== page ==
We look at a handful of 2023 players that should start to receive more attention as sophomores.
Brock Harding (5-11 PG, Moline)
Harding is a dynamic point guard that plays with a ton of confidence. He is a terrific pick-and-roll playmaker with an innate feel for creating passing angles off the dribble. A coach can put the ball in his hands and let him manufacture high-percentage shots for himself or his teammates. Harding has the handle that will allow him to separate from defenders regularly. The Moline guard already shoots it well from three, so the next development will be finishing in traffic against length. There is no question that Harding will be able to run a college offense by the time his high school career is over.
Armani Ivy (6-3 SG, Larkin)
Ivy fits the profile of a solid two-way guard. He has good size and strength for a wing, allowing him to defend multiple positions. His upper body strength gives him an advantage on contact drives to the basket. But it’s his shooting that stands out the most. Ivy has a smooth outside shot extends beyond the three-point line. If he has a sliver of space, he can light it up from deep. I would expect for his ball-handling to continue to progress as he heads into his sophomore season.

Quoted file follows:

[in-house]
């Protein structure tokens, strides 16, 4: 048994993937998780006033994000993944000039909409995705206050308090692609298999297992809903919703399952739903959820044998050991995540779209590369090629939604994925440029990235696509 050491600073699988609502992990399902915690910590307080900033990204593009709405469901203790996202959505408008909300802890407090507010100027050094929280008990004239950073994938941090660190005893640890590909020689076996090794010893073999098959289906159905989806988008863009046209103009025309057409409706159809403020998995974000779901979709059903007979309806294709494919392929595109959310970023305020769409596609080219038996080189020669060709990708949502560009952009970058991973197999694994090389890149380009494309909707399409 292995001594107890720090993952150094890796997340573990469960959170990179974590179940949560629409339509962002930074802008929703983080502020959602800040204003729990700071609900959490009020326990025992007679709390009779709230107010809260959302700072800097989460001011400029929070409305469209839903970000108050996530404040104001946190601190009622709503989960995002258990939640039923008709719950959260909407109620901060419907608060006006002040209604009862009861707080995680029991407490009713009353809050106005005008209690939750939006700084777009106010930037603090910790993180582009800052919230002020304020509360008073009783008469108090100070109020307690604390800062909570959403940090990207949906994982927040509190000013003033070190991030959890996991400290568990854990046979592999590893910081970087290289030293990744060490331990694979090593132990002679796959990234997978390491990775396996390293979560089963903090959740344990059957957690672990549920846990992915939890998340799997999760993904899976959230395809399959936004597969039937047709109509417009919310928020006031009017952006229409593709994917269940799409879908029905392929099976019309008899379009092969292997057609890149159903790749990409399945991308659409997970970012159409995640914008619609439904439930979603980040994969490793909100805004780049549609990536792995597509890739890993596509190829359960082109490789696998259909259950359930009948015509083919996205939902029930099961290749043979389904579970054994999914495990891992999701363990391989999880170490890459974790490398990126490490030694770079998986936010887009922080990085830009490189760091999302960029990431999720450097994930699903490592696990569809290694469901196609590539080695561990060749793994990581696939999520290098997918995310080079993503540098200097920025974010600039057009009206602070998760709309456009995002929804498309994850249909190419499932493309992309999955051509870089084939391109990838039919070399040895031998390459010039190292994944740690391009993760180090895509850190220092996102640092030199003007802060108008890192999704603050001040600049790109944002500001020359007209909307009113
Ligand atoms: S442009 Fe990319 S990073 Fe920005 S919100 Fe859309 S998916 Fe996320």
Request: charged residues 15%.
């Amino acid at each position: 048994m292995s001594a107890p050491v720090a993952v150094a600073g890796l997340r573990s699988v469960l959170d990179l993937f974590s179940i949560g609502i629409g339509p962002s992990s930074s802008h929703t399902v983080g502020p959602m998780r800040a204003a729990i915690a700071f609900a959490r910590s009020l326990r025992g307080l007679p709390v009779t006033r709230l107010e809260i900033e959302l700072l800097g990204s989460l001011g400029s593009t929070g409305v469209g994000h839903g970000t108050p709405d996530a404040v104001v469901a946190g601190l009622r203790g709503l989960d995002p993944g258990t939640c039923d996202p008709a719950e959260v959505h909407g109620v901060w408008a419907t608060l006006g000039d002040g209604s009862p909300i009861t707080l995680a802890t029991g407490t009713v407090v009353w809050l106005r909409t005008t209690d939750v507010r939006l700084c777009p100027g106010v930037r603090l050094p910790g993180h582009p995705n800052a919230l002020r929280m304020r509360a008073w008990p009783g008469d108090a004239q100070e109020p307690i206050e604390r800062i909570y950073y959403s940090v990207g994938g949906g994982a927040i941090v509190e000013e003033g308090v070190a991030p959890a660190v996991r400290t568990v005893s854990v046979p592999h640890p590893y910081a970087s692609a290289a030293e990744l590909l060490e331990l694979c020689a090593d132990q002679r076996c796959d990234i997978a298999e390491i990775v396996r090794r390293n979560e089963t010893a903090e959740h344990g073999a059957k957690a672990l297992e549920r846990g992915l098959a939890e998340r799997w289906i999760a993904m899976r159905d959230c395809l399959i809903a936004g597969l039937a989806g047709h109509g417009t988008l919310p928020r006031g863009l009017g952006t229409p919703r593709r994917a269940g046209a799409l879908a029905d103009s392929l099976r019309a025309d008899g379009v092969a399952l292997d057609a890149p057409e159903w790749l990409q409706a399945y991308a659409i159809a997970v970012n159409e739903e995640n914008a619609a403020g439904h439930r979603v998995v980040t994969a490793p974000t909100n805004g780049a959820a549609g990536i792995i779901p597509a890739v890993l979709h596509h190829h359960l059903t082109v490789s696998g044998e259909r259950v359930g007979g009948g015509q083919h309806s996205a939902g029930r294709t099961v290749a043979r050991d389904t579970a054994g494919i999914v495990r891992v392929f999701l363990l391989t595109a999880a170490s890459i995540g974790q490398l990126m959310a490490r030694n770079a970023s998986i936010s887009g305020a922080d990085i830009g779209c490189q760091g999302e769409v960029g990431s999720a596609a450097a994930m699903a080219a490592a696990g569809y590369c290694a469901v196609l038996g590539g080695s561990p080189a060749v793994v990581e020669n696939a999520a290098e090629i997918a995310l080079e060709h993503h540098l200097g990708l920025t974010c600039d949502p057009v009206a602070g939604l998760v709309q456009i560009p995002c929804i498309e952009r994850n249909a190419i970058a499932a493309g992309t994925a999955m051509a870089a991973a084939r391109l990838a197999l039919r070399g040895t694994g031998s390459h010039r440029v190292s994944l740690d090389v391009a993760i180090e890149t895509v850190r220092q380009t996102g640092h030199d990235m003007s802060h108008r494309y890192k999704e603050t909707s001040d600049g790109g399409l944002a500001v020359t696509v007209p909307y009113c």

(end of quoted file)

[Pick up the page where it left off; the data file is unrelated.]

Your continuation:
Wilfred Kamukama (6-9 PF, Huntley)
Growing to 6-foot-9, Kamukama is still a raw prospect. But there are a number of tools to work with. He has promising length and ability as a rim protector. At his size, he moves well and can finish above the rim on the break. While his strength and feel develop, Kamukama has nice touch from the perimeter that will allow him to draw opposing bigs away from the basket. His potential as a pick-and-roll outlet that can finish lobs or step out for jumpers will draw attention.
Cannon Leonard (6-8 C, Iroquois West)
Leonard is a long-armed big man who should grow exponentially over the next year. With good hands and solid footwork, Leonard puts himself in a position to finish around the basket. He is an effective rim protector when he stays vertical defensively. Leonard shows some touch facing up from 10 to 15 feet and he will only get better in that area with his touch. It doesn’t look like he is finished growing and that could be scary for opponents once he adds more power to his game.